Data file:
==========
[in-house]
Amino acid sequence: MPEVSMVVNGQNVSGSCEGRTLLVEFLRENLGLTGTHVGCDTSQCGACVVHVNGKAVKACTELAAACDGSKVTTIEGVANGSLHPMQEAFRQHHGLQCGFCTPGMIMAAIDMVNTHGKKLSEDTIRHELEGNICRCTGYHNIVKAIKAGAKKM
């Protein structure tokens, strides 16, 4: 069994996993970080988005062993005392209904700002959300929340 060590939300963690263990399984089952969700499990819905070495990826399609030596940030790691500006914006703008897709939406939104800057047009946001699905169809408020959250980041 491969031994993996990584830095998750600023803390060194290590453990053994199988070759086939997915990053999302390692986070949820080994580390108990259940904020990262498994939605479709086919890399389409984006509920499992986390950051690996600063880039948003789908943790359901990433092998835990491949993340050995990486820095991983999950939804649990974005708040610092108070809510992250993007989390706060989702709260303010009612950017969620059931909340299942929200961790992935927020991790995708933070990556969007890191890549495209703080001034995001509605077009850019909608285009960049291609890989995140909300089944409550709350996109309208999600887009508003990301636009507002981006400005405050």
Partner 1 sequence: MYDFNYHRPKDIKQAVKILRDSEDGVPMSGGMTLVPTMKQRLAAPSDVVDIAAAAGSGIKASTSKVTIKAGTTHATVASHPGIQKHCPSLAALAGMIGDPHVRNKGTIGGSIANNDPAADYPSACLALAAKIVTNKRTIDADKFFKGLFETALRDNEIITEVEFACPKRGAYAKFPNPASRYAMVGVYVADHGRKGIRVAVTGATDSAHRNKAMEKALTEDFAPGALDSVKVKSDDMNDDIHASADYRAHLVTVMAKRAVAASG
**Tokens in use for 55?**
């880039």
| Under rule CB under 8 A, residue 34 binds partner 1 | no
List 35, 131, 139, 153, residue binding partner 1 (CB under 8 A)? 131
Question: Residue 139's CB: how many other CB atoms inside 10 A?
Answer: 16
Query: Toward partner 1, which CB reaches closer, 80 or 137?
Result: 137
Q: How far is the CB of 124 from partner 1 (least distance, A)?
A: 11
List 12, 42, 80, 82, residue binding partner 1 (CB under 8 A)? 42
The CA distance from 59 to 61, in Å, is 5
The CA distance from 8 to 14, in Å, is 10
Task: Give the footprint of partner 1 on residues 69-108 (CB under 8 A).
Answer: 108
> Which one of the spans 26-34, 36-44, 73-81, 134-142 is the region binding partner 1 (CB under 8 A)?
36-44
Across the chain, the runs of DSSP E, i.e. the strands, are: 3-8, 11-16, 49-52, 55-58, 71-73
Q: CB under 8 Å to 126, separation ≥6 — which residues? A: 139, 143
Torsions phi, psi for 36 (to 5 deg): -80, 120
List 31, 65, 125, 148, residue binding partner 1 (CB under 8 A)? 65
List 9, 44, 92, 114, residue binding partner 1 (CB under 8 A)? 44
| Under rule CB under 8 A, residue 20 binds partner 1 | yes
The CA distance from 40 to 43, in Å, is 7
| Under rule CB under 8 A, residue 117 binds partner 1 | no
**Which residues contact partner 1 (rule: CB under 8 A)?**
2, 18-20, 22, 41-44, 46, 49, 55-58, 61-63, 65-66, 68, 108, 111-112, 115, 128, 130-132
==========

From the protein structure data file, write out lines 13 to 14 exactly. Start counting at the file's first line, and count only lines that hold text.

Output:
Q: How far is the CB of 124 from partner 1 (least distance, A)?
A: 11